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Tuesday, May 2, 2017

Coming to Our Senses

May 2

(Luke 15:11-24 NIV) ""Jesus continued: "There was a man who had two sons. {12} The younger one said to his father, 'Father, give me my share of the estate.' So he divided his property between them. {13} "Not long after that, the younger son got together all he had, set off for a distant country and there squandered his wealth in wild living. {14} After he had spent everything, there was a severe famine in that whole country, and he began to be in need. {15} So he went and hired himself out to a citizen of that country, who sent him to his fields to feed pigs. {16} He longed to fill his stomach with the pods that the pigs were eating, but no one gave him anything. {17} "When he came to his senses, he said, 'How many of my father's hired men have food to spare, and here I am starving to death! {18} I will set out and go back to my father and say to him: Father, I have sinned against heaven and against you. {19} I am no longer worthy to be called your son; make me like one of your hired men.' {20} So he got up and went to his father. "But while he was still a long way off, his father saw him and was filled with compassion for him; he ran to his son, threw his arms around him and kissed him. {21} "The son said to him, 'Father, I have sinned against heaven and against you. I am no longer worthy to be called your son.' {22} "But the father said to his servants, 'Quick! Bring the best robe and put it on him. Put a ring on his finger and sandals on his feet. {23} Bring the fattened calf and kill it. Let's have a feast and celebrate. {24} For this son of mine was dead and is alive again; he was lost and is found.' So they began to celebrate.""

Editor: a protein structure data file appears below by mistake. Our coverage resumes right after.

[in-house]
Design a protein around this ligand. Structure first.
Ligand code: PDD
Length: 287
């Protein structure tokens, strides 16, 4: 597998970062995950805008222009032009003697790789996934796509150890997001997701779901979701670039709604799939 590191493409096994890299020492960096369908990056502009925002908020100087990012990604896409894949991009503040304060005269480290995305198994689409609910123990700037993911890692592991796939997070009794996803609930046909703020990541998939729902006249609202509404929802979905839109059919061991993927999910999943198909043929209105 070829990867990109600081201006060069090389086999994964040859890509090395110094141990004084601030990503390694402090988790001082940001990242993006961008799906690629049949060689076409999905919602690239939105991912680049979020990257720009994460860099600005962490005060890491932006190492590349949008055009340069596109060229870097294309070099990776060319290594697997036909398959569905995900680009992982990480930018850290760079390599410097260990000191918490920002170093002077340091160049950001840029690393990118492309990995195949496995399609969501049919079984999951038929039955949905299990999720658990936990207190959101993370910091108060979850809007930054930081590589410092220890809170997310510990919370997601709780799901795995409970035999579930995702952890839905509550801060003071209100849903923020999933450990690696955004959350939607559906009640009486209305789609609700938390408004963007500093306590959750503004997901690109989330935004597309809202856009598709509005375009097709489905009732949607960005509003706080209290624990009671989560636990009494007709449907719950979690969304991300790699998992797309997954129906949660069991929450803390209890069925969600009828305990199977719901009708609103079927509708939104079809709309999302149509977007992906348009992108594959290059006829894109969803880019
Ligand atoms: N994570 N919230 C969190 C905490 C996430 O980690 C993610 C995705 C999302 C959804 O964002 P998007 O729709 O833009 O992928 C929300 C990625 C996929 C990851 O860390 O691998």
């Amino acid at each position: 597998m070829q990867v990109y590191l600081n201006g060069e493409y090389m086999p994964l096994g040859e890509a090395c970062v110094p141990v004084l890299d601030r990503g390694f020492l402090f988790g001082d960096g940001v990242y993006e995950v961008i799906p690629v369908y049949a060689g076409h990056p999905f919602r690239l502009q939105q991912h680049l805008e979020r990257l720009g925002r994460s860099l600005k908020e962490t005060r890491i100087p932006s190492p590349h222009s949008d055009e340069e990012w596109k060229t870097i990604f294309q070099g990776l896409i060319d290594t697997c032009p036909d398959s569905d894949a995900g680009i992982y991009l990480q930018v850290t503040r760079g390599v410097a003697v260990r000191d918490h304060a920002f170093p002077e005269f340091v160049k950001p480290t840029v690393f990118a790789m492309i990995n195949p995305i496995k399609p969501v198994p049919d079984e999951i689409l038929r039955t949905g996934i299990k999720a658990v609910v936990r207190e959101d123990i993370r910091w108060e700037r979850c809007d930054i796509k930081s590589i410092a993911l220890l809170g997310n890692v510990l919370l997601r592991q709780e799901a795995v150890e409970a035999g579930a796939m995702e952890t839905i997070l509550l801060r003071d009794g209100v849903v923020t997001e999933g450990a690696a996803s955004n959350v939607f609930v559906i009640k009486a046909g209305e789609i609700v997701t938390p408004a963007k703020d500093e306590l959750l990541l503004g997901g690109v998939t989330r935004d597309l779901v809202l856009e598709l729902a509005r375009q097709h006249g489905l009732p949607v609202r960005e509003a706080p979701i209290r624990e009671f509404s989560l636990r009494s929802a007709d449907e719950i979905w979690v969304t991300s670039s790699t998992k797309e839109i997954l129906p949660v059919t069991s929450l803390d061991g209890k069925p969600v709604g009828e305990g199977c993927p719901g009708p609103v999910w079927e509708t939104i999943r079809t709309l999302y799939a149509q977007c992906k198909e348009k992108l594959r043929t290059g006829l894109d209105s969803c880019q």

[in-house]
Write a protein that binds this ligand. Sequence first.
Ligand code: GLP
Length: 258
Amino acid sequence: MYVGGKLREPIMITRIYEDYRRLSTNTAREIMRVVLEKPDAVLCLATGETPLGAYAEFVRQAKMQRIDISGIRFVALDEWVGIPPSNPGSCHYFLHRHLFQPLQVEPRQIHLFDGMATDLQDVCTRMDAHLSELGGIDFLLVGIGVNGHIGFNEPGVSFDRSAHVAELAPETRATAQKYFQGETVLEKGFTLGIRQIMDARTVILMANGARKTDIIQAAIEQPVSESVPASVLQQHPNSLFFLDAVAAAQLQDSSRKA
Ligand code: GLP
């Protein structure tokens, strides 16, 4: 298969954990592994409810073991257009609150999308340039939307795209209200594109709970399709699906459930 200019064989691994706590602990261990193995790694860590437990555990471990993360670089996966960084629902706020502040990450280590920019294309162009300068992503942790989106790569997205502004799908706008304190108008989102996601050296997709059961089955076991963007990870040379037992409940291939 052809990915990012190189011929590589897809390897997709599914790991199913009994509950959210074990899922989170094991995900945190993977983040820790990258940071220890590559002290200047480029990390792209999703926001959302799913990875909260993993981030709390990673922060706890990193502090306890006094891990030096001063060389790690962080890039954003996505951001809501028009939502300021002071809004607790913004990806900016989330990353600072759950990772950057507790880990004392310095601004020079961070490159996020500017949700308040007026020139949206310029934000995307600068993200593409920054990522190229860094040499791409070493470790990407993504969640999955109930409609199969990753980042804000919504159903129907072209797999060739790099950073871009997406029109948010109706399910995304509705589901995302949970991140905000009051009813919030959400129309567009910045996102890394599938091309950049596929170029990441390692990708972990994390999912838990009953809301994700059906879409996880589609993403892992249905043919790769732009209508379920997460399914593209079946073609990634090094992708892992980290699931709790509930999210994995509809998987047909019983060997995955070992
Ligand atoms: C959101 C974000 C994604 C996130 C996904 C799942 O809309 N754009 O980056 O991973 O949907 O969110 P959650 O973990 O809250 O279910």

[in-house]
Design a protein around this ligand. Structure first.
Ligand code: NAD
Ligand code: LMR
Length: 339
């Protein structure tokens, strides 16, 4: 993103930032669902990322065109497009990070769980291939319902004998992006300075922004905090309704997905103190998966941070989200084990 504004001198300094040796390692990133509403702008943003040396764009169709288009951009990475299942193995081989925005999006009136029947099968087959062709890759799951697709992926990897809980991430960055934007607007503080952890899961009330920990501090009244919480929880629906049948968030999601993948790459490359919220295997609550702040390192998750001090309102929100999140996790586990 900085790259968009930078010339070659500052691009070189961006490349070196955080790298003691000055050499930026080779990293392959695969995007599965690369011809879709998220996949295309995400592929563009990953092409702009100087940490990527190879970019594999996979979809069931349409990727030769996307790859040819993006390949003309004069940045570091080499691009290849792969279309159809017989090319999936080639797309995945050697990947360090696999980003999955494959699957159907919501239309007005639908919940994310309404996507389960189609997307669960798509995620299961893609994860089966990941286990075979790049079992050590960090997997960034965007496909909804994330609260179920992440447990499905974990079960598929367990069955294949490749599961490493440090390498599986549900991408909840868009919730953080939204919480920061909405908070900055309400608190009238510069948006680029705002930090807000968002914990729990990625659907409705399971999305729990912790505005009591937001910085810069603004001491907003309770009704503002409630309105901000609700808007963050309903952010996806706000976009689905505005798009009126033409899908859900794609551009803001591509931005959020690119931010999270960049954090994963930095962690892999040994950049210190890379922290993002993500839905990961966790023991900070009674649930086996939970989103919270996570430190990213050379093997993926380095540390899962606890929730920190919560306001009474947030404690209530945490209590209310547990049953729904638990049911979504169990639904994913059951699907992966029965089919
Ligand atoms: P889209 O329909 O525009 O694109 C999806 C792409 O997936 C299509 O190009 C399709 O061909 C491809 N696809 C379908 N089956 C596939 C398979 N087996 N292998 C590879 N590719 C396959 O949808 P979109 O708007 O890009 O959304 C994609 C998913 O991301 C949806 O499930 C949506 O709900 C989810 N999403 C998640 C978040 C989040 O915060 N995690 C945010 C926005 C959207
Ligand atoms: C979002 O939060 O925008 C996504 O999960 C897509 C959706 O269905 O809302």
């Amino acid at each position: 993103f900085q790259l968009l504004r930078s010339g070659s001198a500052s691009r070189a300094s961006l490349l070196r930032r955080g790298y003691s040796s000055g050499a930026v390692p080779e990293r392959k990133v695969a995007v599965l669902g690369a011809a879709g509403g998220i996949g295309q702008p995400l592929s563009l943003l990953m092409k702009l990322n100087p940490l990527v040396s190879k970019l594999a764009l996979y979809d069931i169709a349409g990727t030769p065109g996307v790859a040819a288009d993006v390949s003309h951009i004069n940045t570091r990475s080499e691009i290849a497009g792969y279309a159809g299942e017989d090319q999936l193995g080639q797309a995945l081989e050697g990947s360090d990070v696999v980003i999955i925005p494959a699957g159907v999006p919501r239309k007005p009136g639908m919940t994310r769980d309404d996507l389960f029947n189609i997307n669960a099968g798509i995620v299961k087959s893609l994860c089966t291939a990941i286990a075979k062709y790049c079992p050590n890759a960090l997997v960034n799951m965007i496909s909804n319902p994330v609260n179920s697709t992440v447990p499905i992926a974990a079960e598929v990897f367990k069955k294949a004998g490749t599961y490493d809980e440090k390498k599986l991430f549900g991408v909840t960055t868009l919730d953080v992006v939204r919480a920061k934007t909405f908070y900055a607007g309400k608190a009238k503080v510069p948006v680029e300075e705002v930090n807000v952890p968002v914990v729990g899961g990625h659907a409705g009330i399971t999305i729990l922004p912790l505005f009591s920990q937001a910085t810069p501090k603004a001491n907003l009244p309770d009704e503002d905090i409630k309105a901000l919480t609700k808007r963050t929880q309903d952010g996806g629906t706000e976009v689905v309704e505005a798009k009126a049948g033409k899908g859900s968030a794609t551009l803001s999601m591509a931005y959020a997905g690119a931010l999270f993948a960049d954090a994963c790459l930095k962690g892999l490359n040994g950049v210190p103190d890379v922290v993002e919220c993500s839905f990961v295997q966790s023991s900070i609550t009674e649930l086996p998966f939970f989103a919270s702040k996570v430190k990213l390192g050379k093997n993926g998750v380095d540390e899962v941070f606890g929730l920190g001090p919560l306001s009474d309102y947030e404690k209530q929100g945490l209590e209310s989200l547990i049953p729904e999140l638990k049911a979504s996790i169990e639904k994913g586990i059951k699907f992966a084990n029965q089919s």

The parable of “The Prodigal Son” teaches at least three truths about being lost. First, we usually get lost by pursuing unbridled freedom. We feel stifled at home and think that a “road trip” is the answer. But, “the free life” is never really free. It does not fulfill us -- it devours us. It’s an enemy, not a friend. Second, most of us will have to hit bottom before we come to our senses. “Wild living” will take everything you have, and more. Once you’ve squandered your inheritance, you slowly learn that there’s a huge difference between “friends” and “drinking buddies”. The “buddies” will most likely leave along with the money. Third, sowing “wild oats” is fun, but as soon as they ripen, they begin to rot, and you never get the harvest that you had imagined. When that happens, and you finally “come to your senses”, go home! Your Father will be waiting, with arms wide open. -- Friar Tuck’s Word of the Day

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